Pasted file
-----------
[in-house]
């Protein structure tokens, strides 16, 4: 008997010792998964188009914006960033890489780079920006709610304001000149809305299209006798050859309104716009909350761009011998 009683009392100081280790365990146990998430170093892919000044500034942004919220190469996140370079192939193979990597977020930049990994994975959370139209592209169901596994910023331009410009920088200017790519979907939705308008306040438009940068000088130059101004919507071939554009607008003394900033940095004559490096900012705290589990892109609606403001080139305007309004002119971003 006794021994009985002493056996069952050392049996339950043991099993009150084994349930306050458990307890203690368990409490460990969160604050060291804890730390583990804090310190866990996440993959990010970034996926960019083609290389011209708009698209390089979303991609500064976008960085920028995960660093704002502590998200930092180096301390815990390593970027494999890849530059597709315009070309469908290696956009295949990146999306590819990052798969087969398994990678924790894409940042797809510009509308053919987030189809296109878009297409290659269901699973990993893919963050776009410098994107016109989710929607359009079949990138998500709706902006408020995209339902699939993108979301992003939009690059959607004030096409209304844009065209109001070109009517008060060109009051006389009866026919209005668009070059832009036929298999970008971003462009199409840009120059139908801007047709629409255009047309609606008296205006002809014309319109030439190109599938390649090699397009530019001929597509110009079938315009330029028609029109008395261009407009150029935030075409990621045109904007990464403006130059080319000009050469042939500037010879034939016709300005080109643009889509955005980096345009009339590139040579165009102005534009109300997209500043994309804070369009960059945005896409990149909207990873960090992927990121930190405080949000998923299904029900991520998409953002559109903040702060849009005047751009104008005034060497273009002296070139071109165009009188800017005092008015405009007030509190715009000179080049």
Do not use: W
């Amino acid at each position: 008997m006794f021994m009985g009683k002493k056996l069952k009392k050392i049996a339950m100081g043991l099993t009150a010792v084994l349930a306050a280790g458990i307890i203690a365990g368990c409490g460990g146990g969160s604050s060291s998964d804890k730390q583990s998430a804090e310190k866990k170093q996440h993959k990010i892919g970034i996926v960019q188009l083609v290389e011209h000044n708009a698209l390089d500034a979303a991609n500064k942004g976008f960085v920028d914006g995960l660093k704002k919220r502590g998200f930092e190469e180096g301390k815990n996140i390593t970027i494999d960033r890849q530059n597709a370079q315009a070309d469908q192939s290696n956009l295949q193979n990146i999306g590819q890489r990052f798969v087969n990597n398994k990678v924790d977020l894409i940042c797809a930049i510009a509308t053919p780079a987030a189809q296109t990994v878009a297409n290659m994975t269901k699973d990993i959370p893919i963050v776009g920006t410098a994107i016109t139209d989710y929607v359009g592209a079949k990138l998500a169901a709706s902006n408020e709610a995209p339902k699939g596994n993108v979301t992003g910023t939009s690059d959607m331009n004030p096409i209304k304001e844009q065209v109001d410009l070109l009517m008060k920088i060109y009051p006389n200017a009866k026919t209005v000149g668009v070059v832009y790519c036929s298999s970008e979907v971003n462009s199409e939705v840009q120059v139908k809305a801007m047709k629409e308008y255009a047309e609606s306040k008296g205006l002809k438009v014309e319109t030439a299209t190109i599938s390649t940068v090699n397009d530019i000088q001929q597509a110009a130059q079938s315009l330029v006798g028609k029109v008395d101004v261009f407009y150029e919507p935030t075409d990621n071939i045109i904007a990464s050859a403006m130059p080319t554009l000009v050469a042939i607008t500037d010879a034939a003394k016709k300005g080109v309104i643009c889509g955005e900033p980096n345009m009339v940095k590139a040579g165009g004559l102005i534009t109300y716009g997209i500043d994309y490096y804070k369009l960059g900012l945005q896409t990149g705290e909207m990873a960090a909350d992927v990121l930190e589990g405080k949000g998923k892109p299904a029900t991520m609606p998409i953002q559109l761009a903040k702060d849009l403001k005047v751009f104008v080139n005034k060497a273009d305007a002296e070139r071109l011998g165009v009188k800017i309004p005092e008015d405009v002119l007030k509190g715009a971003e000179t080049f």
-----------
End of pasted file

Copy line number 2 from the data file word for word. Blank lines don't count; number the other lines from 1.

């Protein structure tokens, strides 16, 4: 008997010792998964188009914006960033890489780079920006709610304001000149809305299209006798050859309104716009909350761009011998 009683009392100081280790365990146990998430170093892919000044500034942004919220190469996140370079192939193979990597977020930049990994994975959370139209592209169901596994910023331009410009920088200017790519979907939705308008306040438009940068000088130059101004919507071939554009607008003394900033940095004559490096900012705290589990892109609606403001080139305007309004002119971003 006794021994009985002493056996069952050392049996339950043991099993009150084994349930306050458990307890203690368990409490460990969160604050060291804890730390583990804090310190866990996440993959990010970034996926960019083609290389011209708009698209390089979303991609500064976008960085920028995960660093704002502590998200930092180096301390815990390593970027494999890849530059597709315009070309469908290696956009295949990146999306590819990052798969087969398994990678924790894409940042797809510009509308053919987030189809296109878009297409290659269901699973990993893919963050776009410098994107016109989710929607359009079949990138998500709706902006408020995209339902699939993108979301992003939009690059959607004030096409209304844009065209109001070109009517008060060109009051006389009866026919209005668009070059832009036929298999970008971003462009199409840009120059139908801007047709629409255009047309609606008296205006002809014309319109030439190109599938390649090699397009530019001929597509110009079938315009330029028609029109008395261009407009150029935030075409990621045109904007990464403006130059080319000009050469042939500037010879034939016709300005080109643009889509955005980096345009009339590139040579165009102005534009109300997209500043994309804070369009960059945005896409990149909207990873960090992927990121930190405080949000998923299904029900991520998409953002559109903040702060849009005047751009104008005034060497273009002296070139071109165009009188800017005092008015405009007030509190715009000179080049």